MOUNT VERNON — Following a public hearing Wednesday, the city’s Municipal Planning Commission voted to approve changing the language in the city’s code regarding real estate signs.
Current wording requires all real estate signs be on the property being offered for sale. This, attorney Kim Rose and Realtor Dave Culbertson told the commission, makes it difficult for Realtors to let the community know of property for sale in areas such as a cul-de-sac. They requested the code be amended to allow one off-site sign per brokerage company at the edge of a cul-de-sac.
No real estate company would have more than one sign, said Rose. The proposed sign would be 12-by-18-inches, about half the size of a normal real estate sign. It would have no price or Realtor name on it, just the company logo and an arrow.
Several of the proposed signs have been in use on a trial basis, with the knowledge of Safety-Service Director Dave Glass, with no problems being encountered. Culbertson said the Realtors Association will be “self-policing,” and make sure only approved signs are erected. He said if a Realtor is in violation of the sign rule, he or she will receive an e-mail. If the sign is not pulled within three days, Culbertson will pull the sign and assess a fine to the Realtor’s association dues.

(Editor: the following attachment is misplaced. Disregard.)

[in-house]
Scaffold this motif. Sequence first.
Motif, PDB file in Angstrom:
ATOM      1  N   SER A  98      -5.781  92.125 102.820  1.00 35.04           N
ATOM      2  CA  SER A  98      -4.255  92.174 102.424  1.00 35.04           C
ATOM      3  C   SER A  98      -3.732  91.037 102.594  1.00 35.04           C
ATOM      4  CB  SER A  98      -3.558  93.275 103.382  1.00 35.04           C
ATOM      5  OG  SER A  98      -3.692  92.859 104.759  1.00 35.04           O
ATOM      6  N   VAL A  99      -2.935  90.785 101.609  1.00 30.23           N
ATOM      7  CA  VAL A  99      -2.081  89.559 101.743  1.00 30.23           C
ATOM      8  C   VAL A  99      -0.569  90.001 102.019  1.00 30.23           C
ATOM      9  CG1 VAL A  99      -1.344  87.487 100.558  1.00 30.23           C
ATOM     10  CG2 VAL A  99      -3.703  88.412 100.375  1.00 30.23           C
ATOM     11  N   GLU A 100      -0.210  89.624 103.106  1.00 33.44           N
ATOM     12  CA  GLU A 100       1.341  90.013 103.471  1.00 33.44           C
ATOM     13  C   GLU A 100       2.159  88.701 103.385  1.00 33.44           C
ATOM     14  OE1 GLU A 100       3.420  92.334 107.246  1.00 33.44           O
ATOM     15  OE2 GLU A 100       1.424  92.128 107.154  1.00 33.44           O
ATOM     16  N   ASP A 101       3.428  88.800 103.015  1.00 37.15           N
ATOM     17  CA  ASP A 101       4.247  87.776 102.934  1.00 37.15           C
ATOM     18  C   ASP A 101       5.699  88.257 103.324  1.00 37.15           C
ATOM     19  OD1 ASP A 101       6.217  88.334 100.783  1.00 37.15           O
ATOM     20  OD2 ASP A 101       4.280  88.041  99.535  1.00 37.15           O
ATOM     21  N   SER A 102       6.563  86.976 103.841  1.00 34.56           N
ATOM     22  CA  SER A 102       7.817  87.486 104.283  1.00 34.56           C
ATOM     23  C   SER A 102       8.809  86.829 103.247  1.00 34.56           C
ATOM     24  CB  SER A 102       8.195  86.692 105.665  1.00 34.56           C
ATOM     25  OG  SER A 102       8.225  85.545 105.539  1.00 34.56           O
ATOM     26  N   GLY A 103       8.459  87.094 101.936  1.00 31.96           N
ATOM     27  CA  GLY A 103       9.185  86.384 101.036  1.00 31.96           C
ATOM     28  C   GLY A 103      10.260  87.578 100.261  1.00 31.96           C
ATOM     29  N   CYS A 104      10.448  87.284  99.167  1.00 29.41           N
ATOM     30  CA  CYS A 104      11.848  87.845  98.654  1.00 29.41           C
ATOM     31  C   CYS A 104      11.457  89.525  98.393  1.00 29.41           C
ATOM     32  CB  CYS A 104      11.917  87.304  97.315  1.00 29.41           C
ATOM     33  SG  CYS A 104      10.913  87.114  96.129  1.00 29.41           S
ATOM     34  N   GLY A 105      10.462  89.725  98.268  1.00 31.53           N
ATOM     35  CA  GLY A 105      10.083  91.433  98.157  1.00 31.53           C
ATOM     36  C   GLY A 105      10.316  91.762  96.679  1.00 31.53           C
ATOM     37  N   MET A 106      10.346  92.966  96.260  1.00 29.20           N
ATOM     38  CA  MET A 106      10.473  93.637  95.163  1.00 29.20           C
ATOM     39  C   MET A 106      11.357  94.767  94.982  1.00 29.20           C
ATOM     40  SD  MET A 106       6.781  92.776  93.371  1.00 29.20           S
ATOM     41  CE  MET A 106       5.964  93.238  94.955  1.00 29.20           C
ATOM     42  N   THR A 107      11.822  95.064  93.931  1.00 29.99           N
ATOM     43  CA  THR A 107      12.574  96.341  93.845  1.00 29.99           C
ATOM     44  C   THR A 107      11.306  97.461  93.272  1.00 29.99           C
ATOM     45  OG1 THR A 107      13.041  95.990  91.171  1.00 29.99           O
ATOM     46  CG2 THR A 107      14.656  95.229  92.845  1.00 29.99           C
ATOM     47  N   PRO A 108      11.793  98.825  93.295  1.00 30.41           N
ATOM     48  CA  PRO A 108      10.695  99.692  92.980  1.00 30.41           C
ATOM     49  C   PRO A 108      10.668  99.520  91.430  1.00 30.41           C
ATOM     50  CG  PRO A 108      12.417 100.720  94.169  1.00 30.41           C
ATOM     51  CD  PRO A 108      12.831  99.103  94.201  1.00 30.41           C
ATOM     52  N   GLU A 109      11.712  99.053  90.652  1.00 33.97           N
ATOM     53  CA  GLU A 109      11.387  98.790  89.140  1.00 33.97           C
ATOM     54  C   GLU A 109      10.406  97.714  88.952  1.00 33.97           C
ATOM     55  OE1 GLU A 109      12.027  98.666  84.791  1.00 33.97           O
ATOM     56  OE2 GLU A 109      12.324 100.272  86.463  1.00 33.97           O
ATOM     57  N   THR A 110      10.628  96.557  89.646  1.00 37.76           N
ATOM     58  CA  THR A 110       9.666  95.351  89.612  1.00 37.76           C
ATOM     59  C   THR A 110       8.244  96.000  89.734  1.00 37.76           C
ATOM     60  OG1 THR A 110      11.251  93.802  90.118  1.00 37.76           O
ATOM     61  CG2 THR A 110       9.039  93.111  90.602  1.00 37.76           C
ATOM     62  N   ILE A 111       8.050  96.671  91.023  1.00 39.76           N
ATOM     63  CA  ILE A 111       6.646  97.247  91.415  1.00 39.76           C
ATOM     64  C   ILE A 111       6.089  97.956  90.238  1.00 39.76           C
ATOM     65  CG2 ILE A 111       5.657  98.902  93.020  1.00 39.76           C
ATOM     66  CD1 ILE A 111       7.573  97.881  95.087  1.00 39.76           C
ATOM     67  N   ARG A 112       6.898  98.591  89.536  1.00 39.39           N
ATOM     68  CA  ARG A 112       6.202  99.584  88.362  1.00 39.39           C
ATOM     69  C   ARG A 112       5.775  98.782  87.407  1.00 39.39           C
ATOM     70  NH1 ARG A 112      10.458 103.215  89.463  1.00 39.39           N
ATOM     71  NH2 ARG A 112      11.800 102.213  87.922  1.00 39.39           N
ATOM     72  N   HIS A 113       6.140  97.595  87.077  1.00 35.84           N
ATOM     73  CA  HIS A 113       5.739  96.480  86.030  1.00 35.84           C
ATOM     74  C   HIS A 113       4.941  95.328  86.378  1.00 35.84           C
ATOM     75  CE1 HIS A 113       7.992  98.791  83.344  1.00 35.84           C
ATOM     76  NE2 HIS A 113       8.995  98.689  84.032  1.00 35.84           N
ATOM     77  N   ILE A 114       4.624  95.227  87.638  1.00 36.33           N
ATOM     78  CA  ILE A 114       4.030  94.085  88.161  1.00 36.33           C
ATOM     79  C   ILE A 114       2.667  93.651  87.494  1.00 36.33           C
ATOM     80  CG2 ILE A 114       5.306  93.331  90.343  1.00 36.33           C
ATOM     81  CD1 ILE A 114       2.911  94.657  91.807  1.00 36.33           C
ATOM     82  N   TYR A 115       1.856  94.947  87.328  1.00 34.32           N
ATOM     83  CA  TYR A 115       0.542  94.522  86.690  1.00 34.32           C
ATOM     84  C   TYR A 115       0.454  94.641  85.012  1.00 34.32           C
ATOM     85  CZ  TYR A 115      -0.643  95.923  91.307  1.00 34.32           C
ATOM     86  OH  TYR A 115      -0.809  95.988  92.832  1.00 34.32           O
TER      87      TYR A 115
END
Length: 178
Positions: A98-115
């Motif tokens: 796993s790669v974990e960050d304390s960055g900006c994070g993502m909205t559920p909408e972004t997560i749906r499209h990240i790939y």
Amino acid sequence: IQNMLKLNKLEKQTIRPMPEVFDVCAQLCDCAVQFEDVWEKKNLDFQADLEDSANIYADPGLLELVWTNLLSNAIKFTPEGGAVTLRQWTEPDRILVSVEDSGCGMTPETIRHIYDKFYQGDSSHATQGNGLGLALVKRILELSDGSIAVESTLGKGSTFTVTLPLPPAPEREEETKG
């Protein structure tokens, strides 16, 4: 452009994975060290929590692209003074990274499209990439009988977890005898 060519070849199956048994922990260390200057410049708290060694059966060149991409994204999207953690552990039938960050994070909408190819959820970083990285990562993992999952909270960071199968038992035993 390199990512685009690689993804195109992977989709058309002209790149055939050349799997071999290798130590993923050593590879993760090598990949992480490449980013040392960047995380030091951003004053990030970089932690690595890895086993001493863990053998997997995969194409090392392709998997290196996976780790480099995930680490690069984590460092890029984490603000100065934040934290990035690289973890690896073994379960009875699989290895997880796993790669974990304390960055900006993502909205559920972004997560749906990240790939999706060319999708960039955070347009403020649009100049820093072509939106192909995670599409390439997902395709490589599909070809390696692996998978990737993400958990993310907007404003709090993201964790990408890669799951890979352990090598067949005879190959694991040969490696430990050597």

Because the proposed sign carries only a company arrow and logo, property owners who are selling the property themselves would not be able to erect an off-site sign.
The recommendation to change the code language will be forwarded to City Council.
Frank Rosato of the Southgate Corp. spoke to the commission about the possibility of building the remaining units at Maple Wood Condominiums on a smaller scale than originally intended. There are three buildings yet to built before Phases 1 and 2 are completed.
“There has been a lot of individuals come forth looking for condos a little smaller,” he said.
Rosato said consideration is being given to building the remaining condos around 1,000 square feet; current ones are 1,500 square feet. Pricing would drop from $168,000 to $172,000, to around $140,000 for the smaller units.
“We think with the discussion we’ve seen from people coming into the project, that something like this is warranted,” said Rosato.
The smaller condos would have the same exterior appearance as the ones already built.
City engineer Cameron Keaton questioned whether anyone has spoken with current condominium residents to get their reaction to smaller-sized condos. Rosato said some of the sales staff have thrown out the idea to residents, and, to his knowledge, have not received any negative feedback.
Commission member Austin Swallow said he’s spoken with two residents, both of whom were in favor of the smaller condos.
Thirty-two of the 42 condos built have been sold. The commission approved a modification in size of the remaining three units yet to be built.
A preliminary discussion was held about a request for a lot split at 303 N. Jefferson St. Glass said owner Kyle Waggoner would like to rehab the two houses on the property, and splitting the lot into two properties would help facilitate Waggoner getting a loan to improve the properties. Splitting the lot would create two sub-standard lots.
The commission will review the matter further at its next meeting.